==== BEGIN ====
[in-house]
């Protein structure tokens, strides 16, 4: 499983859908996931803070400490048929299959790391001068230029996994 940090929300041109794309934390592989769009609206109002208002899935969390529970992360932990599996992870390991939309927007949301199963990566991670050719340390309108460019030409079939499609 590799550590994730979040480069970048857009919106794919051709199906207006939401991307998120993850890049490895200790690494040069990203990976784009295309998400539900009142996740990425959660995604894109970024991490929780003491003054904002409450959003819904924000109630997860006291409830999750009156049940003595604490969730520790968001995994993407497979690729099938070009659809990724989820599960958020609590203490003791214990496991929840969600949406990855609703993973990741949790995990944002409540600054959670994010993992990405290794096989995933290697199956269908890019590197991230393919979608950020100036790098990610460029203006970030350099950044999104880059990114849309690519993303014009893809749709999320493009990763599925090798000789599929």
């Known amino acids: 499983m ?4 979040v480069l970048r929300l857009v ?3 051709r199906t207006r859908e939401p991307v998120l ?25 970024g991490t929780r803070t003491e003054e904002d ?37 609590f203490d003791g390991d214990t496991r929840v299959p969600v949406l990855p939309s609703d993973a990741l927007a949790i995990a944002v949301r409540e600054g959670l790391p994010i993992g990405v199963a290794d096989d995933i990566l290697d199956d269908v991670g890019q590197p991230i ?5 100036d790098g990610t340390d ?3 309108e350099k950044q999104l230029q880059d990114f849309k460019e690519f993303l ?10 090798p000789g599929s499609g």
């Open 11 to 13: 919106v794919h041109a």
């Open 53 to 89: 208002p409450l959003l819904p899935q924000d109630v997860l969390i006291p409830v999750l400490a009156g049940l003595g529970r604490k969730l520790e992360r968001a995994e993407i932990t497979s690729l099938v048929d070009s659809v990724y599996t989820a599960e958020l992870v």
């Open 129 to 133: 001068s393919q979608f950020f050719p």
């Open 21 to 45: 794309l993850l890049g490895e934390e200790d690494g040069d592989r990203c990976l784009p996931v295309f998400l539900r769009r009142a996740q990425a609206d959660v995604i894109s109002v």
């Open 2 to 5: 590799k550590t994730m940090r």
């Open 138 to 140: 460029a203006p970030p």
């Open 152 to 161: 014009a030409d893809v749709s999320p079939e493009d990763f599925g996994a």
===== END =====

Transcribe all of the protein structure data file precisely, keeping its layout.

[in-house]
């Protein structure tokens, strides 16, 4: 499983859908996931803070400490048929299959790391001068230029996994 940090929300041109794309934390592989769009609206109002208002899935969390529970992360932990599996992870390991939309927007949301199963990566991670050719340390309108460019030409079939499609 590799550590994730979040480069970048857009919106794919051709199906207006939401991307998120993850890049490895200790690494040069990203990976784009295309998400539900009142996740990425959660995604894109970024991490929780003491003054904002409450959003819904924000109630997860006291409830999750009156049940003595604490969730520790968001995994993407497979690729099938070009659809990724989820599960958020609590203490003791214990496991929840969600949406990855609703993973990741949790995990944002409540600054959670994010993992990405290794096989995933290697199956269908890019590197991230393919979608950020100036790098990610460029203006970030350099950044999104880059990114849309690519993303014009893809749709999320493009990763599925090798000789599929």
């Known amino acids: 499983m ?4 979040v480069l970048r929300l857009v ?3 051709r199906t207006r859908e939401p991307v998120l ?25 970024g991490t929780r803070t003491e003054e904002d ?37 609590f203490d003791g390991d214990t496991r929840v299959p969600v949406l990855p939309s609703d993973a990741l927007a949790i995990a944002v949301r409540e600054g959670l790391p994010i993992g990405v199963a290794d096989d995933i990566l290697d199956d269908v991670g890019q590197p991230i ?5 100036d790098g990610t340390d ?3 309108e350099k950044q999104l230029q880059d990114f849309k460019e690519f993303l ?10 090798p000789g599929s499609g």
């Open 11 to 13: 919106v794919h041109a």
């Open 53 to 89: 208002p409450l959003l819904p899935q924000d109630v997860l969390i006291p409830v999750l400490a009156g049940l003595g529970r604490k969730l520790e992360r968001a995994e993407i932990t497979s690729l099938v048929d070009s659809v990724y599996t989820a599960e958020l992870v």
């Open 129 to 133: 001068s393919q979608f950020f050719p």
């Open 21 to 45: 794309l993850l890049g490895e934390e200790d690494g040069d592989r990203c990976l784009p996931v295309f998400l539900r769009r009142a996740q990425a609206d959660v995604i894109s109002v």
């Open 2 to 5: 590799k550590t994730m940090r």
């Open 138 to 140: 460029a203006p970030p």
């Open 152 to 161: 014009a030409d893809v749709s999320p079939e493009d990763f599925g996994a």